The Economics of Airline Miles – Part IV
In the first three parts of this series on the Economics of Airline Miles I discussed: The Value of Airline Miles (Part I), The Value of Elite Status (Part II) and How to Maximize Airline Miles Earnings (Part III). In this fourth part of this ongoing series, I will go into the topic of how to effectively redeem your airline miles. Once you have earned all the miles by focussing your earnings, the eventual goal is to redeem these miles for rewards and awards from the airlines.
Remember, at the end of the day, it is not all the miles you have earned that matter, but what you are able to redeem them for.
I see too many people squander their hard earned miles. You have to have a well thought out strategy in place to get the most return out of your redemptions. If you look at your airline miles account(s) as an investment portfolio, you can the make a valuation of your miles accumulated and get the best return on your investments by choosing to redeem them wisely.
What are your goals?
Like every success book or seminar will tell you, it all begins with the goals you have for the miles you have earned. If your goal is just to fly for free on a short domestic flight, for your next visit to grandma’s, then that is your goal. It is what you should redeem your miles on, even though it is not the best return for your miles. If your goals are more aggressive, such as an international trip that will need you to redeem 160,000 or so miles, you need to plan. You most certainly should not then, redeem the miles on any short trip, unless the price you are having to pay is off the charts. I will discuss that in more detail later in this article.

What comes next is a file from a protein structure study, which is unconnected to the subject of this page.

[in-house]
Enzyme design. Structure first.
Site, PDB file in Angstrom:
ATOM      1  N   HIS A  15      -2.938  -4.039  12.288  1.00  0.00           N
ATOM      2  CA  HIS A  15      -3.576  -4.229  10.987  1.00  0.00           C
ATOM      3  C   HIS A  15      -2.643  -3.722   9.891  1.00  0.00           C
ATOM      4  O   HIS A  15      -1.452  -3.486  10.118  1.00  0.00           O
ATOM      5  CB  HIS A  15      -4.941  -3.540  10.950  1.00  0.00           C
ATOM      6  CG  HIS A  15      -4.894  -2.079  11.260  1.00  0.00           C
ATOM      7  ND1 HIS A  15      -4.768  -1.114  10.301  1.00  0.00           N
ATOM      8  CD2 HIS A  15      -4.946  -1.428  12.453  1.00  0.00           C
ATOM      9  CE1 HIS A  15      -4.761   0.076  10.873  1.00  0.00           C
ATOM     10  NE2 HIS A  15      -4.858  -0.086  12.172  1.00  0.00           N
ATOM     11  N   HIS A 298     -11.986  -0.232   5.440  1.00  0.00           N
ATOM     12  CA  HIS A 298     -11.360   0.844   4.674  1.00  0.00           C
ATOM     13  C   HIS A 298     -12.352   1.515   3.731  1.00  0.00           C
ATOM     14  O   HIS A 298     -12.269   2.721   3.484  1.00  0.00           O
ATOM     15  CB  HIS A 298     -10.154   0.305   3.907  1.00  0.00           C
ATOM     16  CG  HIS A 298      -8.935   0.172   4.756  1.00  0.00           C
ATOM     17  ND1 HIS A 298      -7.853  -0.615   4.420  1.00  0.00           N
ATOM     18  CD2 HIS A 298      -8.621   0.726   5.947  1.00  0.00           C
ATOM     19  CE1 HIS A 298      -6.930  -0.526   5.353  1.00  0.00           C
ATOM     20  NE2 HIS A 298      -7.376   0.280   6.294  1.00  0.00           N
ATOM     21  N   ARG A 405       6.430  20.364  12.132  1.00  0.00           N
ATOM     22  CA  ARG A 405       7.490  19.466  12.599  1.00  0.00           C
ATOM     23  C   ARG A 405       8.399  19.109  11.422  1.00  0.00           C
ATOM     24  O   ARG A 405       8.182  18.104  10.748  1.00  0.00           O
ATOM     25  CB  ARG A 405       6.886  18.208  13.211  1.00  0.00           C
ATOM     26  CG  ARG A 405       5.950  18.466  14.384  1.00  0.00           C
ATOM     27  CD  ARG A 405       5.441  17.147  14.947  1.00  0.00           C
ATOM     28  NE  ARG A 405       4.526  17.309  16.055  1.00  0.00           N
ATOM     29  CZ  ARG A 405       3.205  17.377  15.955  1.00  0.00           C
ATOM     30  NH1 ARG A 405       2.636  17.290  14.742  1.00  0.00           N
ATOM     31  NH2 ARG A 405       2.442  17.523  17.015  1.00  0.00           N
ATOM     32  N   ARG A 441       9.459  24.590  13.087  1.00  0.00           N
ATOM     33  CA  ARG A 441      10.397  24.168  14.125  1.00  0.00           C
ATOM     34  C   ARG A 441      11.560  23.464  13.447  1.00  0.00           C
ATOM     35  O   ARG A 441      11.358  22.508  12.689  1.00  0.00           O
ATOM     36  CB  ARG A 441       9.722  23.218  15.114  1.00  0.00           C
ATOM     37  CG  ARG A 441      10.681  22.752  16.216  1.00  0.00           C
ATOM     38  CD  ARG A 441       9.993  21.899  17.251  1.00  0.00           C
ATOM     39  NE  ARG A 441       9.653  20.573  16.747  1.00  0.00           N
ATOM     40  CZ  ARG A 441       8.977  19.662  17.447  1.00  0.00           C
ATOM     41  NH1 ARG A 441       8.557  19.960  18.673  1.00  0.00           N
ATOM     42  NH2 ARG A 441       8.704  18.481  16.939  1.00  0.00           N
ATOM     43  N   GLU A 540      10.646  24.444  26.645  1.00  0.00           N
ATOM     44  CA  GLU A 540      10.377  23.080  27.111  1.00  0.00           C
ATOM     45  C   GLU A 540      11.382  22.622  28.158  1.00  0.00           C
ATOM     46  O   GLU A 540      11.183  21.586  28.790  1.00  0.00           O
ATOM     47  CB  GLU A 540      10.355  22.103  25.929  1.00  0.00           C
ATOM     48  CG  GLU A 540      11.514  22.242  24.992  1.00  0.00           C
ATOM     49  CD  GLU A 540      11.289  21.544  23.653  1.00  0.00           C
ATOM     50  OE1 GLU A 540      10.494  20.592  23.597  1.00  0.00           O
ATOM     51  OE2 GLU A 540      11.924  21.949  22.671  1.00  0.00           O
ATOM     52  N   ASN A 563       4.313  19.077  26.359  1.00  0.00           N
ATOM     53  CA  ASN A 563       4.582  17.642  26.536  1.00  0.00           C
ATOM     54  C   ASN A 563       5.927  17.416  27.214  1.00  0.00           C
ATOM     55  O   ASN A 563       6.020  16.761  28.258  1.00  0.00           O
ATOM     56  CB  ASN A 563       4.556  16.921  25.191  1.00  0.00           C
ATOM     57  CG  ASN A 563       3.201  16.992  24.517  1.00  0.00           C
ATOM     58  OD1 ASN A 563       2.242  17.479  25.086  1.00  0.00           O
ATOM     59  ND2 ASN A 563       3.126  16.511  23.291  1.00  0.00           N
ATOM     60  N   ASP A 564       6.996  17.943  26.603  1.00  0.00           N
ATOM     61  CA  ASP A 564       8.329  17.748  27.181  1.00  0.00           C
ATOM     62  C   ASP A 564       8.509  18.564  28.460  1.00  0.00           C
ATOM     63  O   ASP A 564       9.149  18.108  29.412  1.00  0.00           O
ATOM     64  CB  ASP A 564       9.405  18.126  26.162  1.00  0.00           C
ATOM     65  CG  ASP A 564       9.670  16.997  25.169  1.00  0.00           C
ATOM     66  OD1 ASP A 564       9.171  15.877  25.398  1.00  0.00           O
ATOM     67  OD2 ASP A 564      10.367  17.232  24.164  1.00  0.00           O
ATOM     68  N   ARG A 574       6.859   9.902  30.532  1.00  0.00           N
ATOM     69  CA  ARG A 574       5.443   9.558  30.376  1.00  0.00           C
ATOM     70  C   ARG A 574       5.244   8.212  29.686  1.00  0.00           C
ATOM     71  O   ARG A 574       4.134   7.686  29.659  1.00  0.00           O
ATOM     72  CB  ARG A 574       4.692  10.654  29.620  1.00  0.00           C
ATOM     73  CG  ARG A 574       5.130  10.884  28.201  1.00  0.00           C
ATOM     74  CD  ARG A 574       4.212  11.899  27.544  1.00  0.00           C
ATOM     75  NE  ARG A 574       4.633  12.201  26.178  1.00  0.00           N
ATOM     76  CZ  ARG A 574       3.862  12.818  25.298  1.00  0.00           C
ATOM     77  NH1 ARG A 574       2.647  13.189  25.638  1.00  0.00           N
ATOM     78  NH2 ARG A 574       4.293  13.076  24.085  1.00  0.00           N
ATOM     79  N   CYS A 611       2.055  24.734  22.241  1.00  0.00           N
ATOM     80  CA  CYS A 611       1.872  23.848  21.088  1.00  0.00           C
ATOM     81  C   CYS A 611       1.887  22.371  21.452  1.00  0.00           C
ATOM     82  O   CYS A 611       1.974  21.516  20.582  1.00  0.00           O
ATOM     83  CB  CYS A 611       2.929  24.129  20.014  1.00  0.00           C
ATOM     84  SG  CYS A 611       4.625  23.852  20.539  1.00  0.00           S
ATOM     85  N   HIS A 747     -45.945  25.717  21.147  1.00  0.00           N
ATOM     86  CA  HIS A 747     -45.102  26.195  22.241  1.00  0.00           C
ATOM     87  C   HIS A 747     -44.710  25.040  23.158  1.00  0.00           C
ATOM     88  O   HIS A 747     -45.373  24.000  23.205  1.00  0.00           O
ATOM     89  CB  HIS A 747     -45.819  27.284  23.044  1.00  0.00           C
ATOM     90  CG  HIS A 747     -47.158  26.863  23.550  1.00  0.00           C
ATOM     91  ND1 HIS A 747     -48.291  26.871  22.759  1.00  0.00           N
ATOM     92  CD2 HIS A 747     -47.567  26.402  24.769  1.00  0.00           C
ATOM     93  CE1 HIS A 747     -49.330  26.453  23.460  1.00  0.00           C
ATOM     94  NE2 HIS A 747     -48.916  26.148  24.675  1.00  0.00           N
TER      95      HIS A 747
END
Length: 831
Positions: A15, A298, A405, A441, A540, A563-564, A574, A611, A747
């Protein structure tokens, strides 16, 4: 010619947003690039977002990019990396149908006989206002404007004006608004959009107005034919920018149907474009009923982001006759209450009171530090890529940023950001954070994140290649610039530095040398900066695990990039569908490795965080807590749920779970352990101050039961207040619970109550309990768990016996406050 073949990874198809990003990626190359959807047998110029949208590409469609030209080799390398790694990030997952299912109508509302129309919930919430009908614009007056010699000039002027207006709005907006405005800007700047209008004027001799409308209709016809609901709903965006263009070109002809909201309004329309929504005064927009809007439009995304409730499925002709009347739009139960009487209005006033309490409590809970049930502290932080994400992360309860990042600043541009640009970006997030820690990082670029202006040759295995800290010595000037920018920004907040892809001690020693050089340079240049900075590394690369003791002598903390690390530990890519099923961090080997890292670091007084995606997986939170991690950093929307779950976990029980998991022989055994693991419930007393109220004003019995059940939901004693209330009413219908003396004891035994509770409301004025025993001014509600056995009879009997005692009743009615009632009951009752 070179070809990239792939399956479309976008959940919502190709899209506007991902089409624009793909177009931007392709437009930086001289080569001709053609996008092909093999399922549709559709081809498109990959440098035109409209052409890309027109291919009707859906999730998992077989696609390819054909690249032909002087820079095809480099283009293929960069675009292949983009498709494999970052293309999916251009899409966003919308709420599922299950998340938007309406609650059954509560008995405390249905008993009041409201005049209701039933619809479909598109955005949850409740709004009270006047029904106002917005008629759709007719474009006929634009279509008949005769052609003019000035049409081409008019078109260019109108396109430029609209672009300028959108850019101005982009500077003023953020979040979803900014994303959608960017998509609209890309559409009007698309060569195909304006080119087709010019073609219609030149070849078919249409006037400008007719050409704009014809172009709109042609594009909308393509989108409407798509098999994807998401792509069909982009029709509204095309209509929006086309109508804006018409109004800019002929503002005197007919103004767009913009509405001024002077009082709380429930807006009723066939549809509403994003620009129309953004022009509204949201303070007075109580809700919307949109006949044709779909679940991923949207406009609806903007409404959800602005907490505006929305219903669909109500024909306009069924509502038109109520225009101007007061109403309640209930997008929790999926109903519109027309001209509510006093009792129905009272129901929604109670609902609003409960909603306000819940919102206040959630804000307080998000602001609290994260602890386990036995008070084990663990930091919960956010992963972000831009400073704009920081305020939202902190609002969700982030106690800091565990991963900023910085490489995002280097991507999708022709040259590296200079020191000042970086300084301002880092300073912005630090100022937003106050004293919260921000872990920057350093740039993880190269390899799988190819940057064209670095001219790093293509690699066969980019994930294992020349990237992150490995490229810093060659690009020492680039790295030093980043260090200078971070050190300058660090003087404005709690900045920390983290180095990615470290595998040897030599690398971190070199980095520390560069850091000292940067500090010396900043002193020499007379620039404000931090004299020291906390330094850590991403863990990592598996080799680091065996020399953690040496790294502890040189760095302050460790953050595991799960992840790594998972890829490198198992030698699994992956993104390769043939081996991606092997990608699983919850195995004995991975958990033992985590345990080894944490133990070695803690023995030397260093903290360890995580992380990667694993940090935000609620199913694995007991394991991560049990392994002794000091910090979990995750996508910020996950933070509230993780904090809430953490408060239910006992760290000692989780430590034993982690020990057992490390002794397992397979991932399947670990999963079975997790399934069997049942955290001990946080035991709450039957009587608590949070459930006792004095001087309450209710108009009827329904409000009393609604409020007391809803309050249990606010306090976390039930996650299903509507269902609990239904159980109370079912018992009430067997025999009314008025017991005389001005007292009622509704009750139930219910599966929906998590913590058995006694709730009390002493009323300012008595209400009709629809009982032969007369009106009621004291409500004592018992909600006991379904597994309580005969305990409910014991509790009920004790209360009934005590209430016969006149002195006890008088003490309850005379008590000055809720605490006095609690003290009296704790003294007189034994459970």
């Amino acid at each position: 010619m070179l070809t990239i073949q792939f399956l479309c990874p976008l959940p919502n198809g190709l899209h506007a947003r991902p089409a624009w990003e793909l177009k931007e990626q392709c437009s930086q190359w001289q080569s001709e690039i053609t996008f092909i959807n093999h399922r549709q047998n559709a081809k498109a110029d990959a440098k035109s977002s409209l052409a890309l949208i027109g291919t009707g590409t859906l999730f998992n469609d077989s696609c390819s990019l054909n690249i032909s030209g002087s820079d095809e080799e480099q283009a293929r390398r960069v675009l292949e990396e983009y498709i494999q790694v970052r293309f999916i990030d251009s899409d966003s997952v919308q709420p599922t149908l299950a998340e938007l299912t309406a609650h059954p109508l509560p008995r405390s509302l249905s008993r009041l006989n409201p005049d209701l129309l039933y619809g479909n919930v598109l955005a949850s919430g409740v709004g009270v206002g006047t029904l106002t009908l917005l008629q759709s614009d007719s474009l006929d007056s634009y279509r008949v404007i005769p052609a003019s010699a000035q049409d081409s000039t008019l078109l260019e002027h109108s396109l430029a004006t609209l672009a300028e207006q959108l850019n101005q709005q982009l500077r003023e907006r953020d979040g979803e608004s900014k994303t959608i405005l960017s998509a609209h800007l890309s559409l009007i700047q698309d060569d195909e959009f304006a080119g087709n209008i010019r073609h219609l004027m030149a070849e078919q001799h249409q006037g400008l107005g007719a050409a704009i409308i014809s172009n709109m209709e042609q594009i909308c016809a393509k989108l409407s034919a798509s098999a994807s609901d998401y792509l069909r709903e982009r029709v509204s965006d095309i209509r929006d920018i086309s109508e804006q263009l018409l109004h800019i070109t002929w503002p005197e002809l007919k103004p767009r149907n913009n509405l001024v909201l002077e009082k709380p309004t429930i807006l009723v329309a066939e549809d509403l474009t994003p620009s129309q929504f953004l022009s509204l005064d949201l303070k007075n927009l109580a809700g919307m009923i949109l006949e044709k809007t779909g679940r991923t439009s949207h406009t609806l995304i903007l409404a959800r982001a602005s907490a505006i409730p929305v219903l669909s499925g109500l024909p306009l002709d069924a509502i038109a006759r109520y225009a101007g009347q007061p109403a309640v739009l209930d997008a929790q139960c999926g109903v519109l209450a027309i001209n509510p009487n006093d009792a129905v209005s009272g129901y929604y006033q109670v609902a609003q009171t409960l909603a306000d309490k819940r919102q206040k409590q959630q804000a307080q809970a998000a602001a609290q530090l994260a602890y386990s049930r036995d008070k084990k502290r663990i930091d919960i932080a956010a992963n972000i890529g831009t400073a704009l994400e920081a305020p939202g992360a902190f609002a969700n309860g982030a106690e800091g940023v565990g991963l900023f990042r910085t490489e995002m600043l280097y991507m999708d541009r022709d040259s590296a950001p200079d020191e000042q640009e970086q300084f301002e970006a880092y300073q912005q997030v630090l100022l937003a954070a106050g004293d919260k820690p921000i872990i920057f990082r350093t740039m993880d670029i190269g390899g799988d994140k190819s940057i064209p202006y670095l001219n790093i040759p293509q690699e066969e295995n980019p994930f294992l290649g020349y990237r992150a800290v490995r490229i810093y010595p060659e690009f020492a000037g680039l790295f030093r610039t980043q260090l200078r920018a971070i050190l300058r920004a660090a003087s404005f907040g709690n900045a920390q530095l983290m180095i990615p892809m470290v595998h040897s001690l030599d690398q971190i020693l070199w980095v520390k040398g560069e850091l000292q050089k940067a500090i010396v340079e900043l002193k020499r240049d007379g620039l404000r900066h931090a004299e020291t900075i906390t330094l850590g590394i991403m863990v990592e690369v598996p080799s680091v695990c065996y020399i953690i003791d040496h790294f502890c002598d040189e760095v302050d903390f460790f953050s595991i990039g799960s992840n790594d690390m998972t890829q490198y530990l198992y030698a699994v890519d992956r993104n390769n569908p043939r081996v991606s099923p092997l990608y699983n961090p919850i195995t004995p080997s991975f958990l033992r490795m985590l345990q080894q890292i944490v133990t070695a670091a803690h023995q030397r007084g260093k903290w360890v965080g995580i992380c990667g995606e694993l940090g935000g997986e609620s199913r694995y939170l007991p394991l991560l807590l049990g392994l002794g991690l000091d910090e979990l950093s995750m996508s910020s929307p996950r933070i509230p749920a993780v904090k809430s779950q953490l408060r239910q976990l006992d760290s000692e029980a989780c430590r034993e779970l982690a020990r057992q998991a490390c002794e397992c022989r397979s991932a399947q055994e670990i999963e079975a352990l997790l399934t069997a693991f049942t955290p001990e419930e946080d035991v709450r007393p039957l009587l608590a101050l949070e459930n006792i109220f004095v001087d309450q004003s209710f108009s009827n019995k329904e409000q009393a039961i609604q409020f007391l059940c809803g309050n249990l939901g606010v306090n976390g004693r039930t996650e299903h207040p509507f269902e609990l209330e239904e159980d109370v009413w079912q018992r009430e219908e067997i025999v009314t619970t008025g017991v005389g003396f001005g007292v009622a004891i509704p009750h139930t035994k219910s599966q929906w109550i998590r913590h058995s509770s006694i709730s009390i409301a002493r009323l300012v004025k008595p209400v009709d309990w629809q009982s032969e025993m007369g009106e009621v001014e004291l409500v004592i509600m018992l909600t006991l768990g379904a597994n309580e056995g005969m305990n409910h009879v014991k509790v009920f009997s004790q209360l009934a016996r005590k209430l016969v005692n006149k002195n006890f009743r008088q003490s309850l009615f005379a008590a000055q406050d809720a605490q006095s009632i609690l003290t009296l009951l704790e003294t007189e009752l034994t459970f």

Most people unfortunately, do not set any goal for their miles. Hence, they end up redeeming on the next trip, wherever and whenever it might be. I would highly suggest that you do not do that. Maximize the worth of your miles. You have earned them!
Here are my recommendations that you should consider as you redeem your miles:
If you have miles that are expiring and you have not been able to figure out a way to keep them from expiring, then use them. Most airlines, especially US based airlines have an activity based expiration policy. That means your miles only expire if there is no activity on the account for 24 to 36 months, depending on the airline. Many other airlines, especially several Asia based airlines tend to have a ‘use it or lose it’ expiration policy. Any miles earned have a 3 year life. They expire at the end of three years, no matter what. Always redeem these miles first. My wife has some miles on All Nippon Airlines (ANA). They have a 3 year expiration policy. She needs to redeem these miles ASAP, before any other miles she has.
Have a minimum dollar value over which only will you redeem miles for a free ticket. Below a certain cost, it makes sense to pay for the ticket and earn miles on the trip. There are two factors to consider when determining this dollar threshold. One is cost per mile and the second is the ‘pain’ caused to your wallet. As I mentioned in part 1 of this series, airlines typically sell miles to travelers at 3¢/mile. So, if it takes 25,000 miles redeemed for a round trip, it is worth $750 if you buy the miles for it. So, if the flight ticket is more than $750, redemption is something you should definitely consider. If the flight cost is less than $750, then the ‘pain threshold of your wallet’ comes into play. You need to weigh that against your goal for your miles. Let me give you an example. My personal goal with my miles is to fly my family – wife and two kids – to India from the US for free, every time we go to India. That takes 240,000 miles per trip! Even with all my techniques to maximize my miles, it takes a while to accumulate those miles. I weight that against my ‘pain on the wallet’. I have done my mental math and my threshold factor is $300. I will never even consider redeeming miles for a free domestic ticket if it costs less than $300. I will pay for it and keep the miles for my goal.